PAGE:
It’s been a negative start for markets in Europe this morning, following on from a negative finish for US markets which slipped back over concerns about a slowdown in US economic growth for this year.

The latest Fed Beige Book survey pointed to a bigger than expected slowdown in Q1, largely due to government shutdown related factors with 10 of 12 districts showing weakening economic activity, while dovish comments from New York Fed President John Williams suggested that US policymakers may well be more concerned about a US slowdown than they may be letting on, when he said that they were prepared to exercise patience in a “new normal” of slower growth.

Coming on the back of reports yesterday that the European Central Bank is considering slashing its growth and inflation forecasts later today with a view to formulating a new stimulus program to help an increasingly sclerotic European economy, and it is becoming clear that whatever deal or otherwise the US and China might be able to arrive at on trade, it probably won’t be enough, to mitigate concerns that the global economy is slowing down.

This is likely to be a taxing problem for ECB President Mario Draghi when he addresses questions on the latest ECB rate decision later today. The ECB is expected to aggressively lower its growth and inflation forecasts with a view to potentially outlining a framework for another TLTRO program. This may well be somewhat premature given that an admission that the European economy needs a new loan program would be tantamount to saying that the ECB was wrong in ending its asset purchase program at the end of last year. It’s more likely that the ECB will extend its guidance about lower for longer rates, as well admitting that they will rollover the existing loan program, when some of the loans expire in June.

Mining stocks in London have taken a big hit after French bank Societe Generale took a scalpel to the mining sector, downgrading Rio Tinto to “sell” from “hold” with a price target of 3880p, while also downgrading BHP as well, setting a new price target of 1,680p, an over 5% drop from current levels.

This morning’s decline has seen Rio Tinto lose its entire February gains while BHP has also hit three week lows, though it should also be noted that both stocks are also trading ex-dividend.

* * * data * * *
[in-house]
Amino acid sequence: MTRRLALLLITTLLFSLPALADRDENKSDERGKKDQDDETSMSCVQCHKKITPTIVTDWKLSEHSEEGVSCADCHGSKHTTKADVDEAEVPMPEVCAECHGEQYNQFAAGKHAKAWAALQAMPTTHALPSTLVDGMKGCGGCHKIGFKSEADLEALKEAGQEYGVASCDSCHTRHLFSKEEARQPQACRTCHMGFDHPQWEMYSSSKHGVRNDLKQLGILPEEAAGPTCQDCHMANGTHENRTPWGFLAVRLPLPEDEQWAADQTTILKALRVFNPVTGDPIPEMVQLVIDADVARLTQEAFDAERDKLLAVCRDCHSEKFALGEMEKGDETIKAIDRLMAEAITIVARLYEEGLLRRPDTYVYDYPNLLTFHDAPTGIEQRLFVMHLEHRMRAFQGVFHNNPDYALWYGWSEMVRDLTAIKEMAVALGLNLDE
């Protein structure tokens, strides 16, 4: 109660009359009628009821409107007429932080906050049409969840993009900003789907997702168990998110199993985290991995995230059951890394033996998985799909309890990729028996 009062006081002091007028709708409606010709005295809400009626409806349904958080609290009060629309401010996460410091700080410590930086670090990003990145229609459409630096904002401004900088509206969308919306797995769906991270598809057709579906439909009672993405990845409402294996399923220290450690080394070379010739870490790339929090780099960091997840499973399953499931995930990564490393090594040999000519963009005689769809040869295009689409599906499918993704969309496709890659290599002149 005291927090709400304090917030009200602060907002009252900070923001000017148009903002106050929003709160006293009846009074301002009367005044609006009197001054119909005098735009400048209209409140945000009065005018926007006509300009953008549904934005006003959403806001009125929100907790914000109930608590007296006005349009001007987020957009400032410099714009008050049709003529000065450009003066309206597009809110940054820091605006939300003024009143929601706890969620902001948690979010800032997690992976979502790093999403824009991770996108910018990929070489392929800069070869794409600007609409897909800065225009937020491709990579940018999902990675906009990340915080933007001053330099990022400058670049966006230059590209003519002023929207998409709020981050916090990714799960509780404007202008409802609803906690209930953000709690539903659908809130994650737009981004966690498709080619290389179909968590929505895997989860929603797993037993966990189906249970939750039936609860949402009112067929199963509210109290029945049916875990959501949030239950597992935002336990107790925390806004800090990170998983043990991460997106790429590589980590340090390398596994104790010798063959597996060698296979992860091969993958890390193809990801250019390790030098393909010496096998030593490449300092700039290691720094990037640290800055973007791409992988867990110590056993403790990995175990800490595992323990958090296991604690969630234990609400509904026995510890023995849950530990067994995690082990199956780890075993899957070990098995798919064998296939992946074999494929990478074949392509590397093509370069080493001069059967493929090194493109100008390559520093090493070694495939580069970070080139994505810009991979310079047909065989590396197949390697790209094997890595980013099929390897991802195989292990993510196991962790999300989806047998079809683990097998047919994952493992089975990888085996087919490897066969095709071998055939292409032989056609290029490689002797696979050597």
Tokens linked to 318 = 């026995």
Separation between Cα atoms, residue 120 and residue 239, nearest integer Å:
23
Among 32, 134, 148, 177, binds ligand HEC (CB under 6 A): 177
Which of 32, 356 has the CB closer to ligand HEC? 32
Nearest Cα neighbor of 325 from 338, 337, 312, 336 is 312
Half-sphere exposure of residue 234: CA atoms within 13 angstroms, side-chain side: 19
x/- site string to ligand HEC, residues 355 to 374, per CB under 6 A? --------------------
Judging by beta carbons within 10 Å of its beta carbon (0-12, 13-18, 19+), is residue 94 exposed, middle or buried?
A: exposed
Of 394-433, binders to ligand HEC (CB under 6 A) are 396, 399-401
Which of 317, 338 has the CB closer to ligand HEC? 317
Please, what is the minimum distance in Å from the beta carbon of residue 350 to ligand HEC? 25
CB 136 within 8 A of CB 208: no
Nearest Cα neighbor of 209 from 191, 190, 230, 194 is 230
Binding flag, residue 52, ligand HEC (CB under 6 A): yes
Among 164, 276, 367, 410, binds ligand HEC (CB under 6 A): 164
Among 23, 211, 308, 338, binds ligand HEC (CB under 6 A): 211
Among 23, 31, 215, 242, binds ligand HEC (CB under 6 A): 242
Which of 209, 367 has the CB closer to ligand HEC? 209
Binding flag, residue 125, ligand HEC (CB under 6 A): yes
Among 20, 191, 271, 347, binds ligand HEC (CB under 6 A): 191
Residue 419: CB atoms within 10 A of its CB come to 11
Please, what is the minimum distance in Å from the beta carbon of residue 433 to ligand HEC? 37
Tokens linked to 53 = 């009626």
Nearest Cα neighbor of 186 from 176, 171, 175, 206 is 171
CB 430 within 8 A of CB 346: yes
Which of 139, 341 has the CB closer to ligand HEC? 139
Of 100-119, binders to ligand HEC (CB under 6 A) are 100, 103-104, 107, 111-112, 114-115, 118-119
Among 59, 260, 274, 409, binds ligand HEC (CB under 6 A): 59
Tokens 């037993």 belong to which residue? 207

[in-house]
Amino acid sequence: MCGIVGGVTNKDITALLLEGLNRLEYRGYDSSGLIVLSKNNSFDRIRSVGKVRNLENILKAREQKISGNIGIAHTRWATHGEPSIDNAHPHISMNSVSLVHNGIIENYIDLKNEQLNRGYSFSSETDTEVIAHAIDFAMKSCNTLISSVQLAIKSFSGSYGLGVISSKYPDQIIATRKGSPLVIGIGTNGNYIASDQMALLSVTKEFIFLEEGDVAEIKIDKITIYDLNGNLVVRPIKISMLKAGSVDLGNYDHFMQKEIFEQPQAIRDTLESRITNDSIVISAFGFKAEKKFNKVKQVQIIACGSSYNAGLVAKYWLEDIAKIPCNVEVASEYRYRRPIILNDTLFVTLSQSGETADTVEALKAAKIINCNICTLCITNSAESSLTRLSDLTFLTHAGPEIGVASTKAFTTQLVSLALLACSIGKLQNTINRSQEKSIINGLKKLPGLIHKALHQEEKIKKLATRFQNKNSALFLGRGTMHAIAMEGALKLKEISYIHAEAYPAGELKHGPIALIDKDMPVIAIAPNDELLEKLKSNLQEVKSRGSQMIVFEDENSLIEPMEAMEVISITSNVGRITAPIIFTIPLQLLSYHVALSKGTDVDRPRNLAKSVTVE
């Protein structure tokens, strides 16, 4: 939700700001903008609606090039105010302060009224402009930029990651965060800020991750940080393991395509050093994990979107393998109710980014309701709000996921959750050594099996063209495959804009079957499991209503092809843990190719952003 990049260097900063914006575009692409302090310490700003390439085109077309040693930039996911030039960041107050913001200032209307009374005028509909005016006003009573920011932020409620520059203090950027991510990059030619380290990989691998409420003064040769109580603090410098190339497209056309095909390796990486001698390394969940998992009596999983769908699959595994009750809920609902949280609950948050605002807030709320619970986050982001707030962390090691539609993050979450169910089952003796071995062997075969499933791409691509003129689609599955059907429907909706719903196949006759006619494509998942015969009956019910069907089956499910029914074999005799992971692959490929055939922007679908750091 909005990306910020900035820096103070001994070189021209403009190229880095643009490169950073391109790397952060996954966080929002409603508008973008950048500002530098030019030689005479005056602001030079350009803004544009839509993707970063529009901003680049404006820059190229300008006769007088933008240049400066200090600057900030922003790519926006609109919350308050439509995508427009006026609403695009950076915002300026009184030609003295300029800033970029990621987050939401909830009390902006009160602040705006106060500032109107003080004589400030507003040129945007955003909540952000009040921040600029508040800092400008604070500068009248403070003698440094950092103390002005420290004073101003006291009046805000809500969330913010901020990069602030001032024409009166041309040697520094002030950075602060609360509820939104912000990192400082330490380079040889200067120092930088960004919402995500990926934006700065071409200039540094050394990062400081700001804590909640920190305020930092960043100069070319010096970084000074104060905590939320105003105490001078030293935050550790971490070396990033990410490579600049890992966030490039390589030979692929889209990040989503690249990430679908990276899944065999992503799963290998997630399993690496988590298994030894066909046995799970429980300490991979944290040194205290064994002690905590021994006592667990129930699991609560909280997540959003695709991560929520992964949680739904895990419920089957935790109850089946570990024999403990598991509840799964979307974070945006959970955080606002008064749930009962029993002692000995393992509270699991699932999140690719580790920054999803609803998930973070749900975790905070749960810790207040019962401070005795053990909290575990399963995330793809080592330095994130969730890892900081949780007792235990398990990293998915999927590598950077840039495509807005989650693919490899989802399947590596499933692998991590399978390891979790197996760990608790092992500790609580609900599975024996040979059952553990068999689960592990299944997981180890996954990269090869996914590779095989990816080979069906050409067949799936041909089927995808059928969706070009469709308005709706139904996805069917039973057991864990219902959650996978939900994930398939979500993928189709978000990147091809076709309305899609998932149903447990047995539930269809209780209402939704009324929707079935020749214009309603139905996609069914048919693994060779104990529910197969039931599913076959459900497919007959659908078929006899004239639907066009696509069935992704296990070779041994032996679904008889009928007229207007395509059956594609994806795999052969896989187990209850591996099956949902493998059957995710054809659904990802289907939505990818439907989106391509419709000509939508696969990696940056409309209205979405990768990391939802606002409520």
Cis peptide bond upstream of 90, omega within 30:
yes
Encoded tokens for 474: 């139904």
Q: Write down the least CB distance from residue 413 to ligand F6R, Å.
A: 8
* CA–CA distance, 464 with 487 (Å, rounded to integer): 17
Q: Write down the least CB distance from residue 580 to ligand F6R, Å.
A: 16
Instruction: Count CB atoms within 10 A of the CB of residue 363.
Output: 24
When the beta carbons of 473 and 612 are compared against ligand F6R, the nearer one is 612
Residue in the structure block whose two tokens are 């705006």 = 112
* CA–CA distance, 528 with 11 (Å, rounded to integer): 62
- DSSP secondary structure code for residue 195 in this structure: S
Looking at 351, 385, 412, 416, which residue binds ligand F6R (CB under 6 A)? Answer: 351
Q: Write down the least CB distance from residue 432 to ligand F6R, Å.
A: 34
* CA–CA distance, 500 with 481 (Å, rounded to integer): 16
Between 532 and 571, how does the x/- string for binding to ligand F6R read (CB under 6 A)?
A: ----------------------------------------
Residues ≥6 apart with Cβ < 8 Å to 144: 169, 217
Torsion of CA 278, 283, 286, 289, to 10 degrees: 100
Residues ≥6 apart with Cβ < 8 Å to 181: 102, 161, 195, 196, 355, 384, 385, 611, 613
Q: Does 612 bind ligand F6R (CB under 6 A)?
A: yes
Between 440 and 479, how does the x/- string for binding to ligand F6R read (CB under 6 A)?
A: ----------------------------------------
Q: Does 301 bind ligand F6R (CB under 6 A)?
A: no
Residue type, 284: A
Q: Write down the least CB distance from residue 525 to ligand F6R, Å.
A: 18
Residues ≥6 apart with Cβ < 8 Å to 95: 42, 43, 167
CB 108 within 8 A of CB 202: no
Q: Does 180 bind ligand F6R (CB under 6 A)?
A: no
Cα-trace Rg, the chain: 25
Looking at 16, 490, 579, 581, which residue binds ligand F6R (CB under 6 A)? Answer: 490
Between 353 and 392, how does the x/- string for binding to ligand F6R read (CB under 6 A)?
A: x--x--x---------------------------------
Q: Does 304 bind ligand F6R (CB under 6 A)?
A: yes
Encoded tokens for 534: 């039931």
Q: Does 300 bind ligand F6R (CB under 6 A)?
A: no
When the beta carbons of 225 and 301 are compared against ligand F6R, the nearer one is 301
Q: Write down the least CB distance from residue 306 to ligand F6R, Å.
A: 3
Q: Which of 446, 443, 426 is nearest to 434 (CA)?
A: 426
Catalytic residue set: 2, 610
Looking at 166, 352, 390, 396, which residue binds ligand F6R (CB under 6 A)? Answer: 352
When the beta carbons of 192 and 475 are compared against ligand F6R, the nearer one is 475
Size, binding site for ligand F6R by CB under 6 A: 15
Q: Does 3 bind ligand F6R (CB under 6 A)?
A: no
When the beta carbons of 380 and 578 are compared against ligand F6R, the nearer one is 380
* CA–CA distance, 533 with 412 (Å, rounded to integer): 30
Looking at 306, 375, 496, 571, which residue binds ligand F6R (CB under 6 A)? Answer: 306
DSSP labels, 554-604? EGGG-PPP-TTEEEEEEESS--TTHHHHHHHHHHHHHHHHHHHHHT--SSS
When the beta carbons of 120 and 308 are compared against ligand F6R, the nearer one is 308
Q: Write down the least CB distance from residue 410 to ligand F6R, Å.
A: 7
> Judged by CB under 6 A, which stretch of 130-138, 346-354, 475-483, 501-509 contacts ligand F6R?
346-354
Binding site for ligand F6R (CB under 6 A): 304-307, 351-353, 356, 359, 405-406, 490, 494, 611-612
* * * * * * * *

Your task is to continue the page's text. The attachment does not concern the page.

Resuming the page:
Following on from the decent numbers from Legal and General yesterday, Aviva yesterday announced its own full year numbers for 2018, as operating profits came in at £3.12bn, with assets under management slipping slightly to £116bn, with the company citing weak investment markets, as operating profits in fund management saw an 11% fall to £146m .

Management went on to warn that lower fee income may weigh on operating profit growth in 2019.

In its insurance business the picture was better with an increase in operating profits of 7%, with the company announcing a full year dividend of 30p per share.

The company said it plans to reduce its debt by £1.5bn in order to save £90m per year in interest costs, while confirming the appointment of new CEO Maurice Tulloch.

Having finally declared victory last year in its acquisition of GKN, Melrose Industries announced this morning its latest numbers for its 2018 year end, and a statutory operating loss of £392m, due to costs associated with the acquisition. Stripping that out, the operating profit came in at £847m. Reported revenues, came in slightly below expectations at £8.61bn with management citing wider macro challenges in a number of its businesses, which are expected to continue into 2019.

The company proposed a final dividend of 3.05p, making a total of 4.6p for the year.

National Grid has announced that it has entered into an agreement to acquire Minneapolis based Geronimo Energy as it looks to increase its investment in the US renewable energy market. It will pay $100m while also looking to acquire a 51% stake in solar and wind generation projects currently being developed or under construction by Geronimo, for a further $125m.

It would appear that all of the spin around vegan sausage rolls in January helped Greggs post a decent increase in total sales and profits in its preliminary results for the latest financial year. Total sales rose 7.2% to over £1bn with shop like for like sales up 2.9% in 2018.

Pre-tax profits came in at £82.6m, an increase of 9%, while an increase in the dividend took it to 35.7p per share.

In terms of current trading the seven weeks to 16 February saw shop like for like sales rise by 9.6% as the company increasingly looks to focus on healthier options.

US markets look set to remain under pressure after last night’s sell off as investors continue to take profits after the failure to consolidate recent gains on the back of reports that a US, China trade deal is imminent. It would appear that even in the event of confirmation of a deal, and that is by no means certain, investors would appear to need further reasons to commit extra capital to drive this particular rebound to new highs.

CMC Markets is an execution-only service provider. The material (whether or not it states any opinions) is for general information purposes only, and does not take into account your personal circumstances or objectives. Nothing in this material is (or should be considered to be) financial, investment or other advice on which reliance should be placed. No opinion given in the material constitutes a recommendation by CMC Markets or the author that any particular investment, security, transaction or investment strategy is suitable for any specific person. The material has not been prepared in accordance with legal requirements designed to promote the independence of investment research. Although we are not specifically prevented from dealing before providing this material, we do not seek to take advantage of the material prior to its dissemination.